Let’s return public schools to a new, better normal
After two years of pandemic disruptions, returning to normal isn’t good enough for New York state students. Our state is in a once-in-a-generation position to properly fund education. And due to the pandemic, students needs have never been more dire. Now is the time for lawmakers to deliver the funding needed to make public schools the center of every community statewide. That’s the message I delivered to lawmakers in late January while testifying at a joint legislative budget hearing on k-12 education.
After NYSUT convened its Future Forward Task Force last summer, we heard directly from a host of education professionals about the kind of support our public schools truly need. What they shared was eye opening.
We heard stories about how A+ students withered under the stress of remote learning. How our youngest students struggled to grasp the skills needed for in-person learning. How mental health professionals, burdened with heavy caseloads, don’t have the capacity to do the proactive work necessary to prevent crisis.
We also heard about longstanding issues. How too many students come to school hungry, but aren’t eligible for free meals … that some families worry about the perceived stigma of applying for meal assistance … and that some older siblings juggle academics with caring for younger siblings because their families lack reliable, affordable childcare.
We also heard how the looming threat of receivership, and an over-emphasis on flawed standardized testing, drives some schools to obsess over boosting test scores rather than adapting to student needs.
But, we also heard stories of hope.
Community schools have been transformative in places like Rome and in New York City. And the pandemic gave educators a glimpse at what they could accomplish with smaller class sizes.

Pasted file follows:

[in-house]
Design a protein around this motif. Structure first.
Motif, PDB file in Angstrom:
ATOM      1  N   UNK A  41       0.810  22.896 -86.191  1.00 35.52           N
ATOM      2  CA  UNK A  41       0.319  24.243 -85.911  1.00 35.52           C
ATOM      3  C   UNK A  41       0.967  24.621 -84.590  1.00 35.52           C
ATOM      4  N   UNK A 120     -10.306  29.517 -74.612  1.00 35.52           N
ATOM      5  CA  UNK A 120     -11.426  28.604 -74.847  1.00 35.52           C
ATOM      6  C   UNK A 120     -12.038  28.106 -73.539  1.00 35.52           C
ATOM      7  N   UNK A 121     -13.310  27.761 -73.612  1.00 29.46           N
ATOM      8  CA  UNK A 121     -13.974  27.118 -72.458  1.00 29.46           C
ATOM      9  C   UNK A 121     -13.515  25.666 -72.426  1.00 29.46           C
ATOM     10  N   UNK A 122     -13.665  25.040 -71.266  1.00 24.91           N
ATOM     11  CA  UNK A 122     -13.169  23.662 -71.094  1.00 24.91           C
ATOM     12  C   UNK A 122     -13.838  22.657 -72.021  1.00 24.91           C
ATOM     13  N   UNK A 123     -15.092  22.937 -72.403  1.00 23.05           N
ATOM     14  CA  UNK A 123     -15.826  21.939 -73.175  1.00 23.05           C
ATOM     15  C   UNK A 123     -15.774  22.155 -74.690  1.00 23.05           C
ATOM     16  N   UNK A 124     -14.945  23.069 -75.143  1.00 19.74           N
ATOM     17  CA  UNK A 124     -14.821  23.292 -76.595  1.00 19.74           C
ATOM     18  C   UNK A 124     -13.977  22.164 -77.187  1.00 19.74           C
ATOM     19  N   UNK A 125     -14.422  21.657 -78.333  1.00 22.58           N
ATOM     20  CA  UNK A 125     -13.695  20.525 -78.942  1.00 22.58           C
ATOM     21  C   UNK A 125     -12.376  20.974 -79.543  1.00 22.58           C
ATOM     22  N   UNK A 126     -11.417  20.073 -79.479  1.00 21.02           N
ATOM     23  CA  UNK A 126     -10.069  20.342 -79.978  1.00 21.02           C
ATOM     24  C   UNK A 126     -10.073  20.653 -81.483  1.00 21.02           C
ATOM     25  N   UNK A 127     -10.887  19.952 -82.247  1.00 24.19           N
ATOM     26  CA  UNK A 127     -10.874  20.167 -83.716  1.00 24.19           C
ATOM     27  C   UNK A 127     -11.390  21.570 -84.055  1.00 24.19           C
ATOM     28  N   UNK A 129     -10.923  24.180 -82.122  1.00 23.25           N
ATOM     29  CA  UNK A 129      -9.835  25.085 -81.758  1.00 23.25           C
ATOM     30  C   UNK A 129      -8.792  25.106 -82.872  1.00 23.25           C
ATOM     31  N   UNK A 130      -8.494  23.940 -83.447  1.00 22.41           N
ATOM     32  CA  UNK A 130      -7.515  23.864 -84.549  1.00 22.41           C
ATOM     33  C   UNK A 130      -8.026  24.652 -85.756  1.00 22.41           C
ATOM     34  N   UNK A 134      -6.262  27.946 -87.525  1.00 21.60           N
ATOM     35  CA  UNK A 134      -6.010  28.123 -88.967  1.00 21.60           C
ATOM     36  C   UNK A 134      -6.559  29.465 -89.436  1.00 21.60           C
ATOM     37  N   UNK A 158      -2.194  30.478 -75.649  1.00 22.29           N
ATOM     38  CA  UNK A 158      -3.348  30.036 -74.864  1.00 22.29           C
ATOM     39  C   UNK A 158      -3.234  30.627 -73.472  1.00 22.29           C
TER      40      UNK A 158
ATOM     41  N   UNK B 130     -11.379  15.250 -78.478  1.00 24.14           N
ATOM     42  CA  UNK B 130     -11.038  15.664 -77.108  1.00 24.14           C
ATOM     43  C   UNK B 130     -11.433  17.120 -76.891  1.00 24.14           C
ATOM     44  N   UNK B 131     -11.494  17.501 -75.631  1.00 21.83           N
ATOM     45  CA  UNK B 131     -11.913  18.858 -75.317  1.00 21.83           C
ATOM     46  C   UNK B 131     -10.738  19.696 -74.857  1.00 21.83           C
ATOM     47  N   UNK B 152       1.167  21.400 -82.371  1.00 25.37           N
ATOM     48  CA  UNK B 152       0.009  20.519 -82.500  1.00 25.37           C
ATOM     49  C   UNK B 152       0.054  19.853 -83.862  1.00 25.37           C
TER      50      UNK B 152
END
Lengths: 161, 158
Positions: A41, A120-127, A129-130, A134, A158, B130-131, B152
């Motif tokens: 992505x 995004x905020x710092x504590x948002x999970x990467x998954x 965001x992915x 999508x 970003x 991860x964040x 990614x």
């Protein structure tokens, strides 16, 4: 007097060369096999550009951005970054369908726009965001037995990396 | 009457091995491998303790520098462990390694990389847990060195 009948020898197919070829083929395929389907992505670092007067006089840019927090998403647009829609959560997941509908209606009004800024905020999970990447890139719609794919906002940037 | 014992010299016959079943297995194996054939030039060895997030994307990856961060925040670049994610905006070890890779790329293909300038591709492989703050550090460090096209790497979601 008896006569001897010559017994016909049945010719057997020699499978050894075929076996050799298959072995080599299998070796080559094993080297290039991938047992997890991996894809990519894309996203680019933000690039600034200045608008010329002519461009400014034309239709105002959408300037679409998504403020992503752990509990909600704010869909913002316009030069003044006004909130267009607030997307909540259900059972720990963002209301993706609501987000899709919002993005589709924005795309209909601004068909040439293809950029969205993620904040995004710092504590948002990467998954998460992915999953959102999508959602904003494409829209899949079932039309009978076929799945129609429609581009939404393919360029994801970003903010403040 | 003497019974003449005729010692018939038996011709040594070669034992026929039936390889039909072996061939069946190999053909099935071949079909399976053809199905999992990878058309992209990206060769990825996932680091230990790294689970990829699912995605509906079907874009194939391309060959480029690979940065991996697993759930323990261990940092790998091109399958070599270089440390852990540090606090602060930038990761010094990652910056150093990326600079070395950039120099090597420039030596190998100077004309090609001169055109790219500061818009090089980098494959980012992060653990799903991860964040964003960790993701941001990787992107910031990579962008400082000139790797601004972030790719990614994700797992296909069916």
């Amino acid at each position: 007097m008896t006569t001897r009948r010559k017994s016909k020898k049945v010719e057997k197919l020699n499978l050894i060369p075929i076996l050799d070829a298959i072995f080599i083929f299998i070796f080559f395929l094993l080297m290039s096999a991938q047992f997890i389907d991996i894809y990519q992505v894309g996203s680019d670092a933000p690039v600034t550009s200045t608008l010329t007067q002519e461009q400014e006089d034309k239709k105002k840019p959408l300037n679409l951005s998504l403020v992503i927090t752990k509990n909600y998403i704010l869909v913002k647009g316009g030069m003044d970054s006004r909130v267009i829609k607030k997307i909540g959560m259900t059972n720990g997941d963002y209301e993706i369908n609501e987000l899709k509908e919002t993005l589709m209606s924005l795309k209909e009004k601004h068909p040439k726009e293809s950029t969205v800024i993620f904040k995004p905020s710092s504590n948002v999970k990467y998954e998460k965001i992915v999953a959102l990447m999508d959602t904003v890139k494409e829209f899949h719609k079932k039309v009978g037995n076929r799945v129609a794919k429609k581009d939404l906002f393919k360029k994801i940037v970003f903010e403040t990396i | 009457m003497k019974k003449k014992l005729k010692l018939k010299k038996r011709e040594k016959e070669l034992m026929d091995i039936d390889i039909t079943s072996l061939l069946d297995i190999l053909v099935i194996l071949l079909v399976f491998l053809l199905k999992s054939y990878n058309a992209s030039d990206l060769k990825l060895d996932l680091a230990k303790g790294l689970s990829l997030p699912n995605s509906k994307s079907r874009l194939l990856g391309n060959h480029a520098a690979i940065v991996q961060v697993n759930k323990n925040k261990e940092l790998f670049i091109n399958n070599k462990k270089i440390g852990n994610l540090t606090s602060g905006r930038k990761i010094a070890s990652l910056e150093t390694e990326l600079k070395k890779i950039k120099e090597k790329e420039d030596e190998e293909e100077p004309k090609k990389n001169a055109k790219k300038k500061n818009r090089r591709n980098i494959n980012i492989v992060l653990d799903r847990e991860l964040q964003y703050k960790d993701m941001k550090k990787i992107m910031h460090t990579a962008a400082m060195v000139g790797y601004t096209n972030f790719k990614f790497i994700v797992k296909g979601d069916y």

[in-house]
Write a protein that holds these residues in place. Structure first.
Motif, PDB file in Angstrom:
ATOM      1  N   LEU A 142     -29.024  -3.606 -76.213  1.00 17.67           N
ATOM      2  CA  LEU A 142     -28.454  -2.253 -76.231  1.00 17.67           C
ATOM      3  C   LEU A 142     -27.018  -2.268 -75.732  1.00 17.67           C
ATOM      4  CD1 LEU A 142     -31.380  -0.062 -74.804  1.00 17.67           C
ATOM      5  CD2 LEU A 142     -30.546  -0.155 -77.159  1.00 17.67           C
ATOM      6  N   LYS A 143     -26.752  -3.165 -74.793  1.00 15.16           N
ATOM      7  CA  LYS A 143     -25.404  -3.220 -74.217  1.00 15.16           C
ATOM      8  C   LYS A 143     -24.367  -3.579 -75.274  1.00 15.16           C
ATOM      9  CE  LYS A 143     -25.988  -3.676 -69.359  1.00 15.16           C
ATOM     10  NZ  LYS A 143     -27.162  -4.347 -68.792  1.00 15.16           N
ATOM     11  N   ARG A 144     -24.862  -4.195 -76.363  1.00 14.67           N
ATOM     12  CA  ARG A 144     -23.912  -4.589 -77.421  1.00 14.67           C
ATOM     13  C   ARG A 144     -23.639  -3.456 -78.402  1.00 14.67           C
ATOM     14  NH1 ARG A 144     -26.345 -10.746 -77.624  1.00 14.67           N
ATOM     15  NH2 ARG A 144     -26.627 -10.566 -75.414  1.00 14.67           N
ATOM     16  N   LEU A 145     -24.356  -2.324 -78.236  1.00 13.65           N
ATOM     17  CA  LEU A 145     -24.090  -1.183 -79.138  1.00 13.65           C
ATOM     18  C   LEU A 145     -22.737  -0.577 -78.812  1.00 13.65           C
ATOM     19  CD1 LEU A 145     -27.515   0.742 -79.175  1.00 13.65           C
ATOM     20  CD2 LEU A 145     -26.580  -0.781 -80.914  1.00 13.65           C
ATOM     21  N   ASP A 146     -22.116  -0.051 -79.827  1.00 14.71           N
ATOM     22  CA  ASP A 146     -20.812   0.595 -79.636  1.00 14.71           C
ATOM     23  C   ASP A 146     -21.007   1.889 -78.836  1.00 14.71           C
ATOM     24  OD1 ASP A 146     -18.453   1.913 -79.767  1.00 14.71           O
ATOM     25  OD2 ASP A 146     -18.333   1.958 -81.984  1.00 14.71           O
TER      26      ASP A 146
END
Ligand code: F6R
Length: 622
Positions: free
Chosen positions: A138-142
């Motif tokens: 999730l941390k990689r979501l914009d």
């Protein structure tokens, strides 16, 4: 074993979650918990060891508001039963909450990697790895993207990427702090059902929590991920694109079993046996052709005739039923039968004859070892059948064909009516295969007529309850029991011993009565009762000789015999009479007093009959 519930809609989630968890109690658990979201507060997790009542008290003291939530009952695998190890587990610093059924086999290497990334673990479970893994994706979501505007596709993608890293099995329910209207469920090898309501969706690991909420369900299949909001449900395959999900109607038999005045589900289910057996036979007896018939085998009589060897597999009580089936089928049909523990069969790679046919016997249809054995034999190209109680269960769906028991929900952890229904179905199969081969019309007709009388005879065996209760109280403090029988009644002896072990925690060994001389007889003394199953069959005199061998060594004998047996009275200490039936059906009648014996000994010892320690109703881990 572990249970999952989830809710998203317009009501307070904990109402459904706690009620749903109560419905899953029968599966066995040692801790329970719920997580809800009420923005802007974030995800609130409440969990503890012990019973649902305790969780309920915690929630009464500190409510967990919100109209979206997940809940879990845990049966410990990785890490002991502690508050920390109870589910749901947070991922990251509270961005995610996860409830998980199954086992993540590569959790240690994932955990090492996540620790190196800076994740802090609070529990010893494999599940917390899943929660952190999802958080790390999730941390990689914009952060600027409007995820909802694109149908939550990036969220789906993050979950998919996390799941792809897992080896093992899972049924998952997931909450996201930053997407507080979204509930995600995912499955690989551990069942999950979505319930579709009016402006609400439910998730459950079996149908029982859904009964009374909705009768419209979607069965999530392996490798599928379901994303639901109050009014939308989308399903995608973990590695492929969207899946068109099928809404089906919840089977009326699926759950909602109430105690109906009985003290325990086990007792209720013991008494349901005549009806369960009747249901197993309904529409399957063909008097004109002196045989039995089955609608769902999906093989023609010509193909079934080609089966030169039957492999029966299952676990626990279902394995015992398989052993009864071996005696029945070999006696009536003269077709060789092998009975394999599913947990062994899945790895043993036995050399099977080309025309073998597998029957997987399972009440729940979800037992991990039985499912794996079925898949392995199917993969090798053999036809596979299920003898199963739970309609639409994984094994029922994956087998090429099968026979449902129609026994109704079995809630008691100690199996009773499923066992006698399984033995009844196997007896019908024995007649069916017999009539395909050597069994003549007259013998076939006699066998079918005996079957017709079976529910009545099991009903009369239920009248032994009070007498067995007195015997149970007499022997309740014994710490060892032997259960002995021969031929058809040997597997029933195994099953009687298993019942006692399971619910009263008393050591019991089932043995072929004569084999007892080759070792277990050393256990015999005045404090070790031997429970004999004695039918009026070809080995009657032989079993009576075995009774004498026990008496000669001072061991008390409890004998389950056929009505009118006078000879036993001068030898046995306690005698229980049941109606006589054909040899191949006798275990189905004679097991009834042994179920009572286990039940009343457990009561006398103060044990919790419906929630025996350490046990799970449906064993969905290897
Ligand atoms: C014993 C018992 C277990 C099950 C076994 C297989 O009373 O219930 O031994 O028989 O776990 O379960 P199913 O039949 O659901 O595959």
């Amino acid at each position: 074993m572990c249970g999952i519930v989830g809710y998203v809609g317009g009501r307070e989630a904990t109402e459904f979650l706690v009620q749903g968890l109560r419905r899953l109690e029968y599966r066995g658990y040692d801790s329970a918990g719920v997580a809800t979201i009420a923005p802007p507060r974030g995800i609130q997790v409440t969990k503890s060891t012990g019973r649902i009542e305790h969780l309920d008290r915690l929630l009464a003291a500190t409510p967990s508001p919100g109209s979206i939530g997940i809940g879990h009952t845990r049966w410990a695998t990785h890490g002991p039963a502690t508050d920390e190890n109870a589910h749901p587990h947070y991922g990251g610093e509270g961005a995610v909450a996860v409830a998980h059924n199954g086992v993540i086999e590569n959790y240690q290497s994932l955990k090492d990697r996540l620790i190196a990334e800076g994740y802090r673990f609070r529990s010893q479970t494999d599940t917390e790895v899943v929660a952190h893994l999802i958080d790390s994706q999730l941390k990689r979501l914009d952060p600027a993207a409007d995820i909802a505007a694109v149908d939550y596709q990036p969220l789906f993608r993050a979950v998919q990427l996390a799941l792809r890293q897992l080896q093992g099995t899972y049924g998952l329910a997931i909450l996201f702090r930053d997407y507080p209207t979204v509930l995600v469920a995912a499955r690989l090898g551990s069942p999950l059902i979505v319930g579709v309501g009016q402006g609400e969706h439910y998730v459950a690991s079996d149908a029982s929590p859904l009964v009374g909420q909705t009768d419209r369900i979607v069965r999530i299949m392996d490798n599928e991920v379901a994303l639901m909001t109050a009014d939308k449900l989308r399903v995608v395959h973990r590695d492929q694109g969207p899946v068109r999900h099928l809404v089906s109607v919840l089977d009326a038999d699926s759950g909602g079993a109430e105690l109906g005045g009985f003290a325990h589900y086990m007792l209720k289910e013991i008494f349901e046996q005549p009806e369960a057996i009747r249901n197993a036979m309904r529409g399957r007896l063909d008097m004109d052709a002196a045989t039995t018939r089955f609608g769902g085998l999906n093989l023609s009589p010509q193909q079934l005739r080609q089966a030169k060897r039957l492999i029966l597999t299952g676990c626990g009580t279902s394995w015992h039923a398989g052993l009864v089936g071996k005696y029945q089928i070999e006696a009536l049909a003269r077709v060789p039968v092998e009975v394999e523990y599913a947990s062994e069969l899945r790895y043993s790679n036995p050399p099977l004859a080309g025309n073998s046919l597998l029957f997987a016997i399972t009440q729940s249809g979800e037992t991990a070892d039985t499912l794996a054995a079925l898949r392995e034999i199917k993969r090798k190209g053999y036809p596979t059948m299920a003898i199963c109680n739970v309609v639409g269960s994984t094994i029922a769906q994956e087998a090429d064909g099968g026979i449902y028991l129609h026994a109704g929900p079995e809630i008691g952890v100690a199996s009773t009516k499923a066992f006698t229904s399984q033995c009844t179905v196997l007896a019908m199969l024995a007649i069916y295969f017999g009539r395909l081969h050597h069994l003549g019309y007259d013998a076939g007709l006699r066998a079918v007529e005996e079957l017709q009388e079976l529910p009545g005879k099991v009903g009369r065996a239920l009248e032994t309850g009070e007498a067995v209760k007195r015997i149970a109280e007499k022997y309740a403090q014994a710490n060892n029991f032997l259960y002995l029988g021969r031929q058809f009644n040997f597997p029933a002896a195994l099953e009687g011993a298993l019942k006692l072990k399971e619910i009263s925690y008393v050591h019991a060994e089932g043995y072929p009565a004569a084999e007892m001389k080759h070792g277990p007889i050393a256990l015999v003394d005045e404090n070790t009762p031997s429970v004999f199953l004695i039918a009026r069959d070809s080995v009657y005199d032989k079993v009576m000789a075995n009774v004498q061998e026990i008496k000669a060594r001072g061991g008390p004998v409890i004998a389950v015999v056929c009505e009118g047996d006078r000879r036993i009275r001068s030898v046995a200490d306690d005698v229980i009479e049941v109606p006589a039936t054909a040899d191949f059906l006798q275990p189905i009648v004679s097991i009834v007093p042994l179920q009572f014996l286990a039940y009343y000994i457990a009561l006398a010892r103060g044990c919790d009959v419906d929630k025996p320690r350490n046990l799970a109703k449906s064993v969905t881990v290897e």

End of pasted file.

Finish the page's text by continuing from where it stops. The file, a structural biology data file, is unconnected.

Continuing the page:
This year, we want to further transform our schools. We need dedicated funding to expand the number of community schools … we need new laws to set minimum staffing levels so there’s a social worker, school psychologist, counselor and nurse in every school … and we need funding to support prospective teachers, particularly teachers of color.
And let’s return the joy of learning by repealing receivership and removing the punitive consequences of standardized testing.
It’s been a difficult two years, and a hard decade before that. But our educators do what they do because they love working with their students.
Let’s make sure that all school staff — from teachers, to nurses, to bus drivers — get the support they need and the respect they deserve. Many of the issues we’re facing today – such as understaffing — are due to an education system that was already stretched too thin. Now is the time to address these problems in a systematic, long-lasting way.
Because respect is about more than saying thank you. It’s about finding real solutions.
And I think we can all agree — our education professionals deserve them.
Andy Pallotta, a former elementary teacher, is president of the more than 600,000-member New York State United Teachers.
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